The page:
Mount Madison via Kelton Trail/ Valley Way/ Osgood Trail 9/22/07
Mount Madison 5366’
8.6 Miles 4100’ Elevation gain
Kevin, Judy and Emma
Always looking to expand our horizons, we set out on Friday the 21st to meet up with a large group of hikers from the Views from the Top website community. The plan was to camp at White Birches in Shelburne, get together and decide what people wanted to do on Saturday, then groups could go in their own directions the next day. I got to meet many other enthusiastic hikers and all around nice people, so it was a great event. Saturday, groups hiked the King Ravine Trail, the old Adam's Slide bushwhack and some went and climbed the Wildcats, Carter Dome and Mount Hight. Jude, Emma and I set out on our own to stick with our original plan of climbing Mount Madison by the Valley Way, the easiest way possible, we hoped. Madison had defeated us last year when melting snow and ice turned our late October hike along the Howker Ridge Trail into more of a bushwhack along a rushing stream, as the trails were flooded. Both Jude and Emma needed this on their 2x48 list, so we wanted to get it done this time. Of course, as I always do, I convinced her we should try another trail instead of the Valley Way, which I wanted to avoid, fearing a lot of other hikers and a crowded parking area at Appalachia. We parked at the parking area on Dolly Copp/ Pinkham B Road, and started out along the Randolph Path, quickly turning onto the Howker Ridge Trail. Just above Coosauk Fall, we got on the Kelton Trail and began a semi-steep climb up to Kelton Crag from which we had no view, as the valley fog was still thick around us. Just beyond here we rose out of the fog and saw the sun above us. Soon there was another outlook and we were able to see to our north with an undercast below us. From this vantage I could also catch a good look to our south and Mount Madison's summit, looming over us. A short time later we found ourselves at the Upper Inlook, peering out across Snyder Glen to Durand Ridge, then up to the col between Mount Madison and John Quincy Adams. Beyond that to the west is Cherry Mountain, Starr King , Waumbek and further north to Cabot, with the Weeks and Crescents lying to the north. The trail south from here is very moderate, following a more or less level course for a mile or so until it finally dips down to its junction with the Brookside Trail a tenth of a mile below Salmacis Fall. There has been a lot of recent work to improve this trail, and it is very enjoyable from the Upper Inlook to its junction with the Brookside Trail. From here we followed the Brookside Trail past Salmacis Fall up to Duck Fall, then took the Lower Bruin Trail up to the Valley Way. In another 9/10ths of a mile we came to the AMC Madison Spring Hut, now closed for the season. To this point, and to our amazement, we had seen only one other hiker along the trail. After a mild scolding from a thru-hiker because our dog was in the stream next to the hut, we took a short break, a quick snack and drink, then off along the Osgood Trail to the summit. I briefly considered telling the thru-hiker I would never drink from a stream that ran so close to an AMC hut, but thought better of it. As we walked around the southside of the hut, low and behold there was a new drilled well, with a pipe a drip, drip, dripping for clean drinking water. I'm sure he found it. All water is drinking water to thru-hikers, and we can live with that, but I still wouldn't drink from that stream. We made our way up to the summit, and I walked a short way and talked with another thru-hiker. I always ask, "It's like another 350 miles to Baxter, isn't it?" And if they answer,"No, it's only 334", I know they're for real, and not a poser. There was a beautiful breeze on the summit, with a few good gusts that almost knocked us over. My sweat soaked shirt was dry in no time. We hung around for a bit, but it was crowded with a group that was celebrating someone who had finished their 48. I can't for the life of me remember her name, but congratulations. We soon headed back down to have our lunch at Star Lake. At this point we had decided against any thoughts of going to Adams, as neither one of us was on our game this day, although Emma would have gone if we decided to. On the way down we bumped into the scolding thru-hiker again and had a nice conversation with him, he turned out to be a real a nice guy. We both took tumbles coming down off of Madison and scraped ourselves up a bit, nothing serious, but that locked our decision to make it a one summit day. Just northeast of Star Lake is a beautiful outcrop of Quartz, and we sat on this to eat lunch. As always, I had to drag myself away to begin the long hike back down to the car. The late afternoon sun shone through the trees and lit up the emerging colors, and it was a beautiful, though tiring hike back out. That night I made it up to the Pot Luck Dinner where there was a nice fire, good company and lots of stories. I was able to put faces to a lot of names I only knew from reading online, and although we didn't share any trails that day, I got to meet some great people who I may get to do some hikes with in the future.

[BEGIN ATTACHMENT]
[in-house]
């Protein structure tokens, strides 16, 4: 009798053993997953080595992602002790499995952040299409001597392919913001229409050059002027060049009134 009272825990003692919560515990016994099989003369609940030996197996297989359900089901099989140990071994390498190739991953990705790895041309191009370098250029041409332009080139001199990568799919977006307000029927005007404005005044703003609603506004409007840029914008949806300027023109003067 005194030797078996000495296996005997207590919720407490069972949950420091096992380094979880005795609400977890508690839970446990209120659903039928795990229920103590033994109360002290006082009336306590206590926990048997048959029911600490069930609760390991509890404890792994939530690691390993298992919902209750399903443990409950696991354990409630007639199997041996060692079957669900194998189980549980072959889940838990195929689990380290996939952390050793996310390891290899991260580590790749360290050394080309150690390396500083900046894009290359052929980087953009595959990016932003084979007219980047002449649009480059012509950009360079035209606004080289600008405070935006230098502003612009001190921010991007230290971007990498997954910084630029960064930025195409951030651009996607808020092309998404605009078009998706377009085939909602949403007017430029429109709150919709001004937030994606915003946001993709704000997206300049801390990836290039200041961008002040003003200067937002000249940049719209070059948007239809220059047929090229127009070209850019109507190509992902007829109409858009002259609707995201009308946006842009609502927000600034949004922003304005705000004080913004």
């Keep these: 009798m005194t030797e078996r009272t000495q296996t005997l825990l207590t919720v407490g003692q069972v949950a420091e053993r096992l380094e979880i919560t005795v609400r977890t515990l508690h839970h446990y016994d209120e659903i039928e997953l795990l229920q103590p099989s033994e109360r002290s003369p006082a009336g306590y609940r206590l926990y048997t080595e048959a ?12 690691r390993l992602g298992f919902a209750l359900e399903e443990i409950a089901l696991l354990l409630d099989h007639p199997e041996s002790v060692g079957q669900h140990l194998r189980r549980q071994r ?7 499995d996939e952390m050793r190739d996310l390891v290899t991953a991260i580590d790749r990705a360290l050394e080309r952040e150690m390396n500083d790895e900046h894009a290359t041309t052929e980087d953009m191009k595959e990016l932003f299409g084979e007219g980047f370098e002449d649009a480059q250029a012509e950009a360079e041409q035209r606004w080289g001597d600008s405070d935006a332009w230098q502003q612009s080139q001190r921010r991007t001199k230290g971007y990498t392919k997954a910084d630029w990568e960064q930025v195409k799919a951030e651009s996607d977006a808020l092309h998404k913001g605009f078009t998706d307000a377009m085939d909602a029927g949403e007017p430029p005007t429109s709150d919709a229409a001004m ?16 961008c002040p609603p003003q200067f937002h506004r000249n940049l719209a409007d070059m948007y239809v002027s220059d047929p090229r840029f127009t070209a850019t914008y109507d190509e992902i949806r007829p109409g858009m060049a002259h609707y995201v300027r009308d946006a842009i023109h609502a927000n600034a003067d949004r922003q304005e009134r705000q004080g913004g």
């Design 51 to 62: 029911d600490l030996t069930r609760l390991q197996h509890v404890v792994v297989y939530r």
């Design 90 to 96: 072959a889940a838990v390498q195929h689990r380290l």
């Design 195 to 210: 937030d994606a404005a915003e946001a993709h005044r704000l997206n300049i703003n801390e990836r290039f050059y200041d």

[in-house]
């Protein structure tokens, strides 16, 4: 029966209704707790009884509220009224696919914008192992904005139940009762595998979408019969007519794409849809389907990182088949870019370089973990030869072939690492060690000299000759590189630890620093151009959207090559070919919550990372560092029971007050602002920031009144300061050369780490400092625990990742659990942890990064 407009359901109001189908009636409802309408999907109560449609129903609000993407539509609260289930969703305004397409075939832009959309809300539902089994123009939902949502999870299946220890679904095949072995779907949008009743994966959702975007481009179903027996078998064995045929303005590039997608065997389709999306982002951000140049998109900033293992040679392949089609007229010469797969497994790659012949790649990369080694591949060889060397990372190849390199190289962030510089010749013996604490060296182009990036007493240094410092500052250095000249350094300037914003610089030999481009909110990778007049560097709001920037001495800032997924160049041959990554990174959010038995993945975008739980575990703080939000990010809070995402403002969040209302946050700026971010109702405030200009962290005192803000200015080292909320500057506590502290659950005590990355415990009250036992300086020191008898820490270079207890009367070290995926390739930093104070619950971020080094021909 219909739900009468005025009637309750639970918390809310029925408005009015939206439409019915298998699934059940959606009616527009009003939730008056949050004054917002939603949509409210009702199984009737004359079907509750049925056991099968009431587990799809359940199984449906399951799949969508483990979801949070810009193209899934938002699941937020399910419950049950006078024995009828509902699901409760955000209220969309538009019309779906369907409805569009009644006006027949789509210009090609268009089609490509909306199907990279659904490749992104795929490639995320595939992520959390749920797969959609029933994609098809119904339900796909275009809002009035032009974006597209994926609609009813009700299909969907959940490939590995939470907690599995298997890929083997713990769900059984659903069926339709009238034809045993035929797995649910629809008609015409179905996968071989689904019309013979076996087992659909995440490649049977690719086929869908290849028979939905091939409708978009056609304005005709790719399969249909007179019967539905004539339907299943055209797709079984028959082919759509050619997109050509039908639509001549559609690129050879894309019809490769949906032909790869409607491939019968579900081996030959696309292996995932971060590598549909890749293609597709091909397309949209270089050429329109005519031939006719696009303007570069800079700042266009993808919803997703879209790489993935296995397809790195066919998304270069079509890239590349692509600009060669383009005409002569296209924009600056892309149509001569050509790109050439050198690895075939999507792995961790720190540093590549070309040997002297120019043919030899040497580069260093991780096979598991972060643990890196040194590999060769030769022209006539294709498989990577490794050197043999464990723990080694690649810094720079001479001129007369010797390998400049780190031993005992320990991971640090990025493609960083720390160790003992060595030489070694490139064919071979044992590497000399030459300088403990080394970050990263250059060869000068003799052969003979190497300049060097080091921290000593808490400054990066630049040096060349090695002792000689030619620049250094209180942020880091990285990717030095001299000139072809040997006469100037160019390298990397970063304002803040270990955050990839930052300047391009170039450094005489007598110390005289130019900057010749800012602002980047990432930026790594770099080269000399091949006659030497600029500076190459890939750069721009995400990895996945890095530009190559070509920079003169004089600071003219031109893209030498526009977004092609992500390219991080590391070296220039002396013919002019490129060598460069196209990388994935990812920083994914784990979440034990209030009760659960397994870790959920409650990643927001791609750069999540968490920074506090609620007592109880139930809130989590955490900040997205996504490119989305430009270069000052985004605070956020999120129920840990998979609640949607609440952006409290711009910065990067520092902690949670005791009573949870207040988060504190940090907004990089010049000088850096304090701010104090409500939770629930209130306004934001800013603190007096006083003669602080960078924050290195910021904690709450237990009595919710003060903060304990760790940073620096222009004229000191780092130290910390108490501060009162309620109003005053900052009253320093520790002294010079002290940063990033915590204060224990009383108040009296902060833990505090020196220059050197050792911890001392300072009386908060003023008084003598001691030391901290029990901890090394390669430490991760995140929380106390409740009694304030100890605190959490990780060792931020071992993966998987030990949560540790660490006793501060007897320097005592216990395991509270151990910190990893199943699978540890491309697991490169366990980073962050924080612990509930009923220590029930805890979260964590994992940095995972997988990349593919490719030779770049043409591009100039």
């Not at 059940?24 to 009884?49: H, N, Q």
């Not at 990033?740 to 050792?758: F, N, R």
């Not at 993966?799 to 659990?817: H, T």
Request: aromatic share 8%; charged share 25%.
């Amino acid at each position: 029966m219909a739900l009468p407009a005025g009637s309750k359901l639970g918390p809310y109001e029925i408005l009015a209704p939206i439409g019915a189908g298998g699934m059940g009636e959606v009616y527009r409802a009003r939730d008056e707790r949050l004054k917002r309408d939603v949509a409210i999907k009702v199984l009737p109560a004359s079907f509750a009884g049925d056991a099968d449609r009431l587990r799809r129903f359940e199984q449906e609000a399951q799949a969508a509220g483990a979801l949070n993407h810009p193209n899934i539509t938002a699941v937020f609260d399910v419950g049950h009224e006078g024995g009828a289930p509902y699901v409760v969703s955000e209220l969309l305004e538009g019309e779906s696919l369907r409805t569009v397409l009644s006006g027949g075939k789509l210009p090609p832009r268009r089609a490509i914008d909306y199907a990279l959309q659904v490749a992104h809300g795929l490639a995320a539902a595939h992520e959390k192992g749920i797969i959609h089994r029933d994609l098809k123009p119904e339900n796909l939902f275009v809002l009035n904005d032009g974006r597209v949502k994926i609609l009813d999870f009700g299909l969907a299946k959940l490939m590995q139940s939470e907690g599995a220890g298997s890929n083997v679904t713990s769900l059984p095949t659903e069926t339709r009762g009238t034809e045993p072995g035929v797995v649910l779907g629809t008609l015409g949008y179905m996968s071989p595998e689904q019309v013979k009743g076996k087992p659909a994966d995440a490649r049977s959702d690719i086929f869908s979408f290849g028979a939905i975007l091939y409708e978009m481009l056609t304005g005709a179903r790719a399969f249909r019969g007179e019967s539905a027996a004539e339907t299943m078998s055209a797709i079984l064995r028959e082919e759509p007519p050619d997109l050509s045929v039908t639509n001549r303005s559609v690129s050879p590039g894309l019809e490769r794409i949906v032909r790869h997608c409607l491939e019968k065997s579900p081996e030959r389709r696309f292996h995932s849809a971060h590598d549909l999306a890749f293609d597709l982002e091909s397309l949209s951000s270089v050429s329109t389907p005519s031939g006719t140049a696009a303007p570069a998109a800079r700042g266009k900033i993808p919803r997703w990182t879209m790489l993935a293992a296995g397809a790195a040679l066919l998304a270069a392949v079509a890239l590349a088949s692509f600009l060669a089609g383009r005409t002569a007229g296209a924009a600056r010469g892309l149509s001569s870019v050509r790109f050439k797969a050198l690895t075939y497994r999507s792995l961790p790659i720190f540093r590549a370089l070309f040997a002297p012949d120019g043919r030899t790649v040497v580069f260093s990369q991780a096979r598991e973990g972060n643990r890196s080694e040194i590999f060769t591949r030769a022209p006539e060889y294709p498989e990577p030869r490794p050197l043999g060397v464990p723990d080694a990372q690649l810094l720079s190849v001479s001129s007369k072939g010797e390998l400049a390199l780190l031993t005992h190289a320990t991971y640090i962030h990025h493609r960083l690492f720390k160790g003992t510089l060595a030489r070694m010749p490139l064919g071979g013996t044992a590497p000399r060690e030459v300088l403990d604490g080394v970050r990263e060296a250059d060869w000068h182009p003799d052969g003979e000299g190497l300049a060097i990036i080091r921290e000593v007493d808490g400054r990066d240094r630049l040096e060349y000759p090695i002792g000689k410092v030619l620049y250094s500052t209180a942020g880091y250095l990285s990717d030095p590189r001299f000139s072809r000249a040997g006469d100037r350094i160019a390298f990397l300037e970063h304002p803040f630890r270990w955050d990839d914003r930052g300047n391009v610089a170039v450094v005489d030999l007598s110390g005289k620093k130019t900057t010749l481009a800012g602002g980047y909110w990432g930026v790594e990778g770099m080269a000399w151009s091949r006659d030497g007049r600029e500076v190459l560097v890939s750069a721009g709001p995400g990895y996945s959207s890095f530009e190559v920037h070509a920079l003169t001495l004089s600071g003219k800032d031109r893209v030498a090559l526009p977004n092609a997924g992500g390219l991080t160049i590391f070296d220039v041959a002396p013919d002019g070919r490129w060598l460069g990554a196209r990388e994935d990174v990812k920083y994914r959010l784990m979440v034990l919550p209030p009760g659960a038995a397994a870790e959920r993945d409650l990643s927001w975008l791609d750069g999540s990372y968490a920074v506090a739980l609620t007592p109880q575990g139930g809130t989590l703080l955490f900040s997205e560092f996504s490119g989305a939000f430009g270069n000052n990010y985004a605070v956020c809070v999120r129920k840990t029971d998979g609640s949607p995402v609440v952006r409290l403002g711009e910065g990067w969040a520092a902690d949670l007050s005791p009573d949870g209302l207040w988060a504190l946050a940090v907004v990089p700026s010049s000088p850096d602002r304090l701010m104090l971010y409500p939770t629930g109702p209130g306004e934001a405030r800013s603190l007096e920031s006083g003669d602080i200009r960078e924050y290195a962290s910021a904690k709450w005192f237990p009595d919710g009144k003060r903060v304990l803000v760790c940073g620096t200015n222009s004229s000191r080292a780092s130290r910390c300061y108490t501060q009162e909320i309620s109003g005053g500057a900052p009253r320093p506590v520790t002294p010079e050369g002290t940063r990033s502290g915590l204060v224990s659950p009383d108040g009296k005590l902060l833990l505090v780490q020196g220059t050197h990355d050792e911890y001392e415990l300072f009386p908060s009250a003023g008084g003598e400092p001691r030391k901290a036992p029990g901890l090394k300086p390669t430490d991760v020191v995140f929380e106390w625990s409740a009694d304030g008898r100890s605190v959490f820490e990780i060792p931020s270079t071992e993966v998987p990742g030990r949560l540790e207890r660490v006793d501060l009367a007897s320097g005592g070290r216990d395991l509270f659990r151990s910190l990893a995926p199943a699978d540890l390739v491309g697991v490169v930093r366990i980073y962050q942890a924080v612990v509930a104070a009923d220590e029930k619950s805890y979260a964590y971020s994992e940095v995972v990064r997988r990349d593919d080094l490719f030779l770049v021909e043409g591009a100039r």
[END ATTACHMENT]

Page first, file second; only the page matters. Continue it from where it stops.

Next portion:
That is such a unique area between Adams and Madison, and you picked a great time to be there and watch seasonal transition! Good shots, and liked your touchstone question to check out thru hikers!
The Presidentials are so beautiful, up there above the trees. I still haven't been there enough so it's always new to me. Like another world. A world I never want to leave when I'm there.
I remember the first time I was able to spend some time around that quartz outcrop you mentioned. It was the month of July in 89, I spent the whole month (minus 3 days) hiking. It was an incredibly hot couple of days but you could sit/slouch on that outcrop and it was cool as ice. Never found out why, the properties of quartz must have something to do with it. There is also a large chunk of it not far off the Great Gulf Trail going up the headwall, experienced the same thing hiking it in August.
Yes, sitting there, the rock was quite cool. Climbing up Madison I put my hand on a piece of quartz atop a cairn, and it was much cooler. I moved my hands down to the other gray rocks, a quartzite, mica/schizt and they were noticeably warmer. I'm sure it has to do with the quartz reflecting the sun's rays whereas the other's soak them in. The same way snow reflects the sun. I get worse sunburns in winter from the reflected snow.
A nice "cool" place on a muggy afternoon!